What Is Spondylolisthesis?
Spondylolisthesis (pronounced spahn-duh-low-liss-thee-sus) is a condition in which one of the bones in your spine (the vertebrae) slips out of place and moves on top of the vertebra next to it.
It usually happens at the base of your spine (lumbar spondylolisthesis). When the slipped vertebra puts pressure on a nerve, it can cause pain in your lower back or legs.
Sometimes, people with this condition don't notice anything is wrong. But you can have symptoms that include:
Spondylolisthesis vs. Spondylolysis
Spondylolysis (pronounced spahn-duh-loll-iss-us) and spondylolisthesis are different conditions of the spine, though they're sometimes related. Both conditions cause pain in your lower back.
Spondylolysis is a weakness or small fracture (crack) in one of your vertebrae. This usually affects your lower back, but it can also happen in the middle of your back or your neck. It's most often found in kids and teens, especially those involved in sports that repeatedly overstretch the lower spine, like football or gymnastics.
It's not uncommon for people with spondylolysis to also have spondylolisthesis. That's because the weakness or fracture in your vertebra may cause it to move out of place.
Types of Spondylolisthesis
Doctors divide this condition into six main types, determined by cause.
Degenerative spondylolisthesis: This is the most common type. As people age, the disks that cushion vertebrae can become worn, dry out, and get thinner. This makes it easier for the vertebra to slip out of place.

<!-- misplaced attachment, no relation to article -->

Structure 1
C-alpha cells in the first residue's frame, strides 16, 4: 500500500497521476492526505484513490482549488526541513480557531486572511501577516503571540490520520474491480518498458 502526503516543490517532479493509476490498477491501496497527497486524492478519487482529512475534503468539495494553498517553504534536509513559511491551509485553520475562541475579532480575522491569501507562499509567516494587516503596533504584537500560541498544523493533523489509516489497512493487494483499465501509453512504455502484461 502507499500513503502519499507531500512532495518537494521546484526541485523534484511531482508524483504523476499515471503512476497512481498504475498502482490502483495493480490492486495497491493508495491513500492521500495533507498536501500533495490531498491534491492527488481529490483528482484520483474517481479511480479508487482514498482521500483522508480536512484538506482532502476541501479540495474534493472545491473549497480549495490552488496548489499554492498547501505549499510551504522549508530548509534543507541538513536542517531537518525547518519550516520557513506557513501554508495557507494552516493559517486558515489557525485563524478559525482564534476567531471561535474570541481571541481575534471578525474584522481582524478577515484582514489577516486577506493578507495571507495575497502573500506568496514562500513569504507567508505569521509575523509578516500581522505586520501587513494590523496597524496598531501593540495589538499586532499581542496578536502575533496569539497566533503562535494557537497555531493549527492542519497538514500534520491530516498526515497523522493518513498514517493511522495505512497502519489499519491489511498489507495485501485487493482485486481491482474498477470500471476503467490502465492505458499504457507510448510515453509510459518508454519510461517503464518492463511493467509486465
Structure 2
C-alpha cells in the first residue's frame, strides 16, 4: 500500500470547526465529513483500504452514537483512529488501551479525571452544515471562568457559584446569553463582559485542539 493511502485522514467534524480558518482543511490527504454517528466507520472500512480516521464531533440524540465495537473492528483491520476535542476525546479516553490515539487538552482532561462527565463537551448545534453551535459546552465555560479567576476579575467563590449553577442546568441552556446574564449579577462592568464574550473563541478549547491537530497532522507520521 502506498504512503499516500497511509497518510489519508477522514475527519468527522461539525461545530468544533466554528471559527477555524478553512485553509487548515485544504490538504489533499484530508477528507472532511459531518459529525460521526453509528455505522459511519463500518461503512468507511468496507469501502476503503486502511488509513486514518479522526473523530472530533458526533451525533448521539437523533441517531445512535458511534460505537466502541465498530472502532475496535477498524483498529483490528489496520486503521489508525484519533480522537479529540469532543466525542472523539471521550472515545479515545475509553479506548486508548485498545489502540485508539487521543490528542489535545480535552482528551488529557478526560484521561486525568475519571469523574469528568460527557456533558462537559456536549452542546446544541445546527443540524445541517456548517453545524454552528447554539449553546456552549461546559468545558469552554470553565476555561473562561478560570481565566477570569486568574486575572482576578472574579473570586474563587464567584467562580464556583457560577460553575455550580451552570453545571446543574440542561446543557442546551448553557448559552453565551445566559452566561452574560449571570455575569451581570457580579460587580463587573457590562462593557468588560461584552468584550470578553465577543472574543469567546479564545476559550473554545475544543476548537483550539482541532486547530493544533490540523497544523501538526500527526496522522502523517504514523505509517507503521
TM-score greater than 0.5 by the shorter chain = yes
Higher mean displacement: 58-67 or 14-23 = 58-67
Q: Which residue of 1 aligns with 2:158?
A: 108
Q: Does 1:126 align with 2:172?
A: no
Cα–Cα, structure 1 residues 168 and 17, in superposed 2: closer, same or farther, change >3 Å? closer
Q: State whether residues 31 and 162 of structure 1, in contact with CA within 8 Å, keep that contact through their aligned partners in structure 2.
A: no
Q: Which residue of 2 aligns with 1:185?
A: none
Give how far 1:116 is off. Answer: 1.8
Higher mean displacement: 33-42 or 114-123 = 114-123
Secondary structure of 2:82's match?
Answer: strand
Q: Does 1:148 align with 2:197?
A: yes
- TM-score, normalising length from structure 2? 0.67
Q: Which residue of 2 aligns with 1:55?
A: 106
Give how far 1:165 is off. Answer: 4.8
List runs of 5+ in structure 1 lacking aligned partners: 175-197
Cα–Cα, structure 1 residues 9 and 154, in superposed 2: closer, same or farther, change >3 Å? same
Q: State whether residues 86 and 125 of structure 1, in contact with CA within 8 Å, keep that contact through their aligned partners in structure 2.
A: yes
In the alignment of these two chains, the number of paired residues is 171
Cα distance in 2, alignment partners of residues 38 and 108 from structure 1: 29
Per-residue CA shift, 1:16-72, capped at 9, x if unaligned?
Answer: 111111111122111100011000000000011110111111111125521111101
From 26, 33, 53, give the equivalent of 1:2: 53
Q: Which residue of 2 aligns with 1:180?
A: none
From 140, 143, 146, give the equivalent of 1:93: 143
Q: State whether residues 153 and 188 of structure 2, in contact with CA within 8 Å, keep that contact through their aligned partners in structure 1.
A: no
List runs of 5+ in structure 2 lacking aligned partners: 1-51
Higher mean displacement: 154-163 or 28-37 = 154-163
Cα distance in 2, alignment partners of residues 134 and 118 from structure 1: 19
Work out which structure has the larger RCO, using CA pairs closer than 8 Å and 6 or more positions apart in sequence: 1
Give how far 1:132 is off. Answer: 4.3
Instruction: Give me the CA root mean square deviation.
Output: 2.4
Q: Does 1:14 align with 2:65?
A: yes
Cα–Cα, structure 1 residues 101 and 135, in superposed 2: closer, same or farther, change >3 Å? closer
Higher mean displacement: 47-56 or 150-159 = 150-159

Isthmic spondylolisthesis: This type is caused by spondylosis. A crack in the vertebra can lead it to slip backward, forward, or over a bone below. It may affect kids and teens who do gymnastics, do weightlifting, or play football because they repeatedly overextend their lower backs. But it also sometimes happens when you're born with vertebrae whose bone is thinner than usual.
Congenital spondylolisthesis: Also known as dysplastic spondylolisthesis, this happens when your vertebrae are aligned incorrectly due to a birth defect.
Traumatic spondylolisthesis: In this type, an injury (trauma) to the spine causes the vertebra to move out of place.
Pathological spondylolisthesis: This type is caused by another spine condition, such as osteoporosis or a spinal tumor.
Postsurgical spondylolisthesis: Also called iatrogenic spondylolisthesis, this happens when a vertebra slips out of place after spinal surgery.
Grades of Spondylolisthesis
Your doctor may give your spondylolisthesis a grade based on how serious it is. The most common grading system is called Meyerding's classification and includes:
- Grade I: The most common grade, this is defined as 1%-25% slippage of the vertebra
- Grade II: Up to 50% slippage of the vertebra
- Grade III: Up to 75% slippage
- Grade IV: 76%-100% slippage